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Stop Mountaintop Removal Mining

We are sorry to hear that the Department of Interior’s Office of Surface Mining lost 18,000 Earthjustice supporter letters. Our supporters wrote these letters during the Bush administration to urge OSM not to eliminate critical stream protections, especially the “stream buffer zone rule,” from mountaintop removal mining—which it did anyway.

A coal export ship.

The use of coal in the U.S. has declined over the past few years, and orders for new plants are being cancelled at an increasing rate, owing to pressure from Earthjustice and others and competition from cheaper natural gas. Meanwhile, President Obama has made increasingly stern pronouncements about moving toward a renewable energy regime.

Spruce No. 1 mine.

Yesterday, citizens in Appalachia celebrated a huge victory in their fight to protect their families and communities from harmful mountaintop removal mining. In a sharp 15-page ruling, a panel of three Republican-appointed judges in the U.S. Court of Appeals for the D.C. Circuit unanimously upheld the Environment Protection Agency’s veto of the permit for the Spruce No. 1 mine, the largest proposed mountaintop removal mine in West Virginia.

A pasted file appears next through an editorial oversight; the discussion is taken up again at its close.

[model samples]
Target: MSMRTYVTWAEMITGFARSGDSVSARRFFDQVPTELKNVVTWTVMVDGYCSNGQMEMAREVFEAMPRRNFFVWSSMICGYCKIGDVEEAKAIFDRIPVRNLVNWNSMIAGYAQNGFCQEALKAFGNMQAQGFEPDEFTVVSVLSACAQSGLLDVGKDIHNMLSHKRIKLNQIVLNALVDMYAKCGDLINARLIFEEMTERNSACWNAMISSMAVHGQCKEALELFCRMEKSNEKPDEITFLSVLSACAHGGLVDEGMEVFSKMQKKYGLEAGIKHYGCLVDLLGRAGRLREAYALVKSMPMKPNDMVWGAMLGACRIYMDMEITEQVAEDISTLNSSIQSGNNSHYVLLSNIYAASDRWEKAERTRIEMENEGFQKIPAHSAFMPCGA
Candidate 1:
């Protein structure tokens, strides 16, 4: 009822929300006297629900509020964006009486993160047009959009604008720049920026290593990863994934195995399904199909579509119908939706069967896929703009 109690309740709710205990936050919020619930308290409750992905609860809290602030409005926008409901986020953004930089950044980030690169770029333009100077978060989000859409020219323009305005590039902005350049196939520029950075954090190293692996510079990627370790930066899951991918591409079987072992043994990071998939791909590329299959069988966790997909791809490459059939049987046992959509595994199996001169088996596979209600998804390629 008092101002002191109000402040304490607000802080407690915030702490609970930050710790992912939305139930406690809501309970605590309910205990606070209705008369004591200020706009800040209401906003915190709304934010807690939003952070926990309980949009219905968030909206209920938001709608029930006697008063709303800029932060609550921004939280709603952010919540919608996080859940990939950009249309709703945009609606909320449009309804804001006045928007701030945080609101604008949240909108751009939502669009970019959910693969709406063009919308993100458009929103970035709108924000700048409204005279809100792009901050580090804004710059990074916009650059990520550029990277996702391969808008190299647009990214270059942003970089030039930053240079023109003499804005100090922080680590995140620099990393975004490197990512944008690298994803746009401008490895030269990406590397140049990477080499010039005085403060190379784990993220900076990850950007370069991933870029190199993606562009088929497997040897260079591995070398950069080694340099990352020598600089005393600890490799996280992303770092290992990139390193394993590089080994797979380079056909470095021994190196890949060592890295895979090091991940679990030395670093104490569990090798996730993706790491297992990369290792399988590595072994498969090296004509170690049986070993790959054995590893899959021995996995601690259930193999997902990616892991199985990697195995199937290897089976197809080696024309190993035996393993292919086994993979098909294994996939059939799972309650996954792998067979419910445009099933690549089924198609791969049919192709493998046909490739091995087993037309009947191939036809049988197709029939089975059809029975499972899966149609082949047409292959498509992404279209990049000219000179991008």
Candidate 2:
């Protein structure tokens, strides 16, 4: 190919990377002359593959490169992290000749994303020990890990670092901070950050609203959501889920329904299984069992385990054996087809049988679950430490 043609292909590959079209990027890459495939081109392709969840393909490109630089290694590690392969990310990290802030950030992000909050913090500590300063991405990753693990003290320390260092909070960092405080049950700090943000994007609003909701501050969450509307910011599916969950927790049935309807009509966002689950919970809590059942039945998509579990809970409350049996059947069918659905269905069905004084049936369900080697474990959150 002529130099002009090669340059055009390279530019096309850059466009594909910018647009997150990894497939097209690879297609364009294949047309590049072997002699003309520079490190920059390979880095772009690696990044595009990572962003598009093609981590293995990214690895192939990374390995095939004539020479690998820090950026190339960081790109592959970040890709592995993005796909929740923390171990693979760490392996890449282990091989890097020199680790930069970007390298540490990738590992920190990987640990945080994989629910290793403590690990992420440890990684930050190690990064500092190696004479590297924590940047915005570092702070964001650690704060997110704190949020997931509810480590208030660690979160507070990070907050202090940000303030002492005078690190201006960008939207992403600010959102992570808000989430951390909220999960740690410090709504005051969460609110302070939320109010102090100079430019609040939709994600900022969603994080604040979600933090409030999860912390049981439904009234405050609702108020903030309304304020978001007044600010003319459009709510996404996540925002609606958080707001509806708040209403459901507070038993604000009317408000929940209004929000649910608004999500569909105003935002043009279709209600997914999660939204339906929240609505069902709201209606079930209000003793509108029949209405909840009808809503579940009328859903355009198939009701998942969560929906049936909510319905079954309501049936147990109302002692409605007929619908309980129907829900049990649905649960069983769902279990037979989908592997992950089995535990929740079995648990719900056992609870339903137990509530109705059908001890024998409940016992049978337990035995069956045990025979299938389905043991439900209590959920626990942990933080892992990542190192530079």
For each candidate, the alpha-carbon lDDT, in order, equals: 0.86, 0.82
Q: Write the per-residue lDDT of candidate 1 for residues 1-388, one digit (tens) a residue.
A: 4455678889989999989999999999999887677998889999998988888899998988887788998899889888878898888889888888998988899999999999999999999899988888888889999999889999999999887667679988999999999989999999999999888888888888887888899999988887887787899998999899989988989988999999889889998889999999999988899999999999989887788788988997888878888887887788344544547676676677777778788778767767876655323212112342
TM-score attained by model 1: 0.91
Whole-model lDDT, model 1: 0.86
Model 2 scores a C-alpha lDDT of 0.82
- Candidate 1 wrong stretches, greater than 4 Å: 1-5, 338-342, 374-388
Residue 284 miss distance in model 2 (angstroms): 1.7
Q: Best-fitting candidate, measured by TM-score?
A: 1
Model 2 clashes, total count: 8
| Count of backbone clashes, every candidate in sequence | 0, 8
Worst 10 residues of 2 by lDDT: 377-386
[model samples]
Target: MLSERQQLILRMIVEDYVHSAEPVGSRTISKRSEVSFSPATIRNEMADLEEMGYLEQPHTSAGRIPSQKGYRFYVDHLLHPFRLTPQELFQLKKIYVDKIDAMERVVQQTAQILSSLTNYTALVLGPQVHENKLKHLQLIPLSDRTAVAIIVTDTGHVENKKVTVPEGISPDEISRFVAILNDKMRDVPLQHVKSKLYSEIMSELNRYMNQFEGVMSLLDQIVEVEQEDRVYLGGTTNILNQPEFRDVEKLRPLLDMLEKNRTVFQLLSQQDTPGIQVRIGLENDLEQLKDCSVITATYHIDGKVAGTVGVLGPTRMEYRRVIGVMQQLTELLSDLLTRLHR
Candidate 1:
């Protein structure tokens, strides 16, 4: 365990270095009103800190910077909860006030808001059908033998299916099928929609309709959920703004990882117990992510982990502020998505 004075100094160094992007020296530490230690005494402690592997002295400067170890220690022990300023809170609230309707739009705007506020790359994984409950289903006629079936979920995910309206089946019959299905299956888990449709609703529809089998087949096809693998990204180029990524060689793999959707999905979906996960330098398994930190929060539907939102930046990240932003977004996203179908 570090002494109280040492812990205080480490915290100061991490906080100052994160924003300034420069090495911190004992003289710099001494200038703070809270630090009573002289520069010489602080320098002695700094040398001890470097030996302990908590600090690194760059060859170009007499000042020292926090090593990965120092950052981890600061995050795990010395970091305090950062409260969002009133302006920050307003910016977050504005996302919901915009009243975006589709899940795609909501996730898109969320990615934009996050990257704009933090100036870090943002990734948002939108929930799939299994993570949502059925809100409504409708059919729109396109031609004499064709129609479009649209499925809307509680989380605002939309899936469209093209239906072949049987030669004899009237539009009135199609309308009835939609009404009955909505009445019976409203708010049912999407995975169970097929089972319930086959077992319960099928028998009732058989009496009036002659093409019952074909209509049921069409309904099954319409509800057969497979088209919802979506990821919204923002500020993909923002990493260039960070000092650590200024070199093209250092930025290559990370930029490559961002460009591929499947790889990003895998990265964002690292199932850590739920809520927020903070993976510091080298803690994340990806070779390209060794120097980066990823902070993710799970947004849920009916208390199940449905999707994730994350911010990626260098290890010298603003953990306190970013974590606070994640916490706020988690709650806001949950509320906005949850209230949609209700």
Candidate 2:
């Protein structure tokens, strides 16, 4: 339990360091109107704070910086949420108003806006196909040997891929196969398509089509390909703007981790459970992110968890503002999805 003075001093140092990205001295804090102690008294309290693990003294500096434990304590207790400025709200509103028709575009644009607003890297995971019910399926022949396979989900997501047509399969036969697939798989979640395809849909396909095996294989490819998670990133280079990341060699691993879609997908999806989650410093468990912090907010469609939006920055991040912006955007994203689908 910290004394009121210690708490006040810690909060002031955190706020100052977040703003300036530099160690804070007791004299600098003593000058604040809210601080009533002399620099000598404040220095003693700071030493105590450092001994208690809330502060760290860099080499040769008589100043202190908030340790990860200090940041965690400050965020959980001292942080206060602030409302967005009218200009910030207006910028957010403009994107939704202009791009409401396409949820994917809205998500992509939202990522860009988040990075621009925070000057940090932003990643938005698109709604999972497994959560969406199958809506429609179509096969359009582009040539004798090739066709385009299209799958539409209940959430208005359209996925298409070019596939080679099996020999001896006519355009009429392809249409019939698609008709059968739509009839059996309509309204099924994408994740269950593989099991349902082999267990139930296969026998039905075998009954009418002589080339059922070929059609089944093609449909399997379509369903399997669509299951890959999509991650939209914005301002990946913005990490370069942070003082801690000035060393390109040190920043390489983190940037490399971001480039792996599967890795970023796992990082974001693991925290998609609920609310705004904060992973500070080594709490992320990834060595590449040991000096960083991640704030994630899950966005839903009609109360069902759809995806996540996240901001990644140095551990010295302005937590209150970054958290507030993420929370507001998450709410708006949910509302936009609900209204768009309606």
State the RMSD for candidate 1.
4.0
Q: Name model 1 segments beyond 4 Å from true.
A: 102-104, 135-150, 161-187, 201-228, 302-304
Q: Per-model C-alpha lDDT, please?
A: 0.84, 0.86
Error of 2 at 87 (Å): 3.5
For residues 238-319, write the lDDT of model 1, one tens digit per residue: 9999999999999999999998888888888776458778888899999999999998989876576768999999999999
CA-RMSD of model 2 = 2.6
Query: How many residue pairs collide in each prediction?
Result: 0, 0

Last week, the Environmental Protection Agency revealed that 55 percent of U.S. streams and rivers are in “poor” condition, according to its most recent national rivers and streams assessment. Following the release of that grim report, the EPA held a live Twitter chat to answer questions about our clean water protections and the state of our waters in the United States.

Forty-one years ago, today, a dam holding 132 million gallons of toxic liquid coal waste ruptured high up in the mountains of West Virginia, loosing a tsunami-like death wave of coal waste and chemical sludge that destroyed 4,000 homes in 16 towns, injured more than 1,000 people, and killed 125. Seven bodies were never found. This remarkable Charleston Gazette series shares the stories of the people who were affected by this horrific tragedy.

Satellite imagery of the massive Hobet mine, taken in 2013.
Associate Attorney Neil Gormley took a trip to West Virginia to visit partners and clients and to see the effects of mountaintop removal mining first-hand. As he explains, his visit prompted questions about the relationship between this destructive practice and regional poverty.

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